"On the two hundred and three counts of grievous bodily harm, I find you guilty. The testimony of the plaintiffs and your former subordinates, together with a comprehensive medical exam from Freiburg University Hospital, casts no doubt that severe and lasting physical injuries were received under your jurisdiction. The systematic nature of the violence ensures your knowledge".

"On the one hundred and nine counts of torture, I find you guilty of One hundred and one. The comprehensive medical exam carried out by Freiburg University Hospital reveals physical evidence of systematic burning of skin, electrocution, detention in stress position, destruction of the vagina, and psychological damage. Again, the systematic nature of the crimes committed removes all doubt that you were unaware of the proceedings".

"On the five hundred and seven counts of unlawful killing, I find you guilty of ten. Despite the discovery of several mass graves in and around the prison complex, the destruction of human remains via acid coupled with the disorganised and chaotic nature of the retreat from the camp leaves your level of involvement in these atrocities ambiguous. However, forensic evidence conducted by the Freiburg Medical University supports plaintiff testimony identifying you as the perpetrator of these unlawful killings".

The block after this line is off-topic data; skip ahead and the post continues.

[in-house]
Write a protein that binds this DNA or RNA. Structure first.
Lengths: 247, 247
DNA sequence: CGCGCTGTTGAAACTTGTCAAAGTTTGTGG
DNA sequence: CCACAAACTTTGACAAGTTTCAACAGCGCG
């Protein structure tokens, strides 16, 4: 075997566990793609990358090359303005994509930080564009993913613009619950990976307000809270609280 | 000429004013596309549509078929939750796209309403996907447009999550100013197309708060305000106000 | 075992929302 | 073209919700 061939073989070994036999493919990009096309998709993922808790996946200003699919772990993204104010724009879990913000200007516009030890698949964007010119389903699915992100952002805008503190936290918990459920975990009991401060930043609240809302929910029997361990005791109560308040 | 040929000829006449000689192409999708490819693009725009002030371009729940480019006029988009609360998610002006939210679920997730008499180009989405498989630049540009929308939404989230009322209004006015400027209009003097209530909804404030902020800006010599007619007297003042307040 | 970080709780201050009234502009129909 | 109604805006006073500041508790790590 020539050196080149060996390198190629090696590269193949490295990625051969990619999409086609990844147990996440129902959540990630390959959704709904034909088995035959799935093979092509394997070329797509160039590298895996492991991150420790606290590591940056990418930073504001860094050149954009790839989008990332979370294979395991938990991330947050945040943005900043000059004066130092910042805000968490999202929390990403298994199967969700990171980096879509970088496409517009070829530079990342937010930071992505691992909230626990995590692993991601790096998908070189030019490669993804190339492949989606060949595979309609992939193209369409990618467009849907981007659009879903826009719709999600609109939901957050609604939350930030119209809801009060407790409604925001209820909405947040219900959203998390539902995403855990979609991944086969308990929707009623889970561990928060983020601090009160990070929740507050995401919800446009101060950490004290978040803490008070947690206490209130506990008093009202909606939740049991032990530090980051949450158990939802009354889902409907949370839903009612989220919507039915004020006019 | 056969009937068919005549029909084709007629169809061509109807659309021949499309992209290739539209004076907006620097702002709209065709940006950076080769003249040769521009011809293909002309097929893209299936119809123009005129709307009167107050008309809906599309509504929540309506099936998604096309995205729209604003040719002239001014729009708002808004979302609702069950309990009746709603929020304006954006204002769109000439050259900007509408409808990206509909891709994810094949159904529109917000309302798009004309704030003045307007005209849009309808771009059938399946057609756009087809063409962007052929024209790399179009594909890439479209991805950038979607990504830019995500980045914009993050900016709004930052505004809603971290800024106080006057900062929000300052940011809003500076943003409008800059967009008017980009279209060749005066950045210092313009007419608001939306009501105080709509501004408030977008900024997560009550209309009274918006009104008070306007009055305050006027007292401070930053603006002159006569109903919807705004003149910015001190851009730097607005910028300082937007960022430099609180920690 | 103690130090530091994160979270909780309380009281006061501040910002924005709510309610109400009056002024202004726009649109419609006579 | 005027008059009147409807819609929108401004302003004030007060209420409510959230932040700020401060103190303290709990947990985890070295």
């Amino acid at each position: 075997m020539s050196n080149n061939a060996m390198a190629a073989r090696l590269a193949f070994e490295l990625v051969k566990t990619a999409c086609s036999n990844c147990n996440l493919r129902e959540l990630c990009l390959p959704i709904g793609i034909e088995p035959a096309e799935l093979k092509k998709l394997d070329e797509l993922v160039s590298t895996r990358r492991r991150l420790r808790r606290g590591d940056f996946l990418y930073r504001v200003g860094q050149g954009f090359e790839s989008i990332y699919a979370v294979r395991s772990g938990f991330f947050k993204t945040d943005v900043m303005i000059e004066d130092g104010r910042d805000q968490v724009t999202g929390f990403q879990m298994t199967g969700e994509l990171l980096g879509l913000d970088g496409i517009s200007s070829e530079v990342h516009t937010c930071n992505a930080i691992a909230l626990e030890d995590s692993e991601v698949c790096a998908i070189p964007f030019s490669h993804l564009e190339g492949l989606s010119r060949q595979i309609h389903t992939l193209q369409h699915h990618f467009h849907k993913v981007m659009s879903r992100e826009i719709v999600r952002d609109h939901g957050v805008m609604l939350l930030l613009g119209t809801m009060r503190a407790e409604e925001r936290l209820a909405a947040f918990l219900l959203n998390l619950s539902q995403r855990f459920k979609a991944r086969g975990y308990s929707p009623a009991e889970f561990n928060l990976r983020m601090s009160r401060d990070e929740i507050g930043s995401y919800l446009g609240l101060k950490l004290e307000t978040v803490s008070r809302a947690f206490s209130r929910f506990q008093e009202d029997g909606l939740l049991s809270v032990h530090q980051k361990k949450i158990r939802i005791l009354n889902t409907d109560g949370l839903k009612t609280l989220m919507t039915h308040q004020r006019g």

"Of the one count of genocide, I find you not guilty. Despite the overwhelming ethnic imbalance of detainees at the Tondyim camp, I accept your argument that this is a true reflection of the demography of the local area, which is over 95% Vjiech. Your denunciations of the Continuity Regime and Sharfic supremacism have convinced me that you acted out of political, rather than ethnic, motivations".

The judge put down the sheet of paper and picked up another from his stack. "And now, Mr Yaqom, I must come to a sentence. There is no doubt that you were complicit in horrific atrocities against innocent civilians, going so far as to rob several of their lives. No matter what your political affiliations may be, I would bring shame upon the judicial profession if I did not recommend proportional retribution. Battam Yaqom, for the crimes you have committed I, acting as an agent of the Freiburg College of Law, sentence you to death by pugilism. The plaintiffs may choose the time, date and location of the sentence.

"However, taking into consideration your advanced age and physical weakness, I must make additional recommendations. I declare that a three-generation blood feud exists between the plaintiffs, descendants of the plaintiffs, and the descendants of yourself. If your descendants are seen in any location outside of the grounds of the family home, either by a plaintiff or a descendant of a plaintiff, they may exercise the right to take the life of such a descendant. This blood feud shall remain in force until either forgiven by the plaintiffs or descendants, or when all of your children, grandchildren and great-grandchildren are deceased, or when the recommendation is overturned by another judge operating at the Freiburg College of Law. Mr Yaqom, do you accept this judgement?"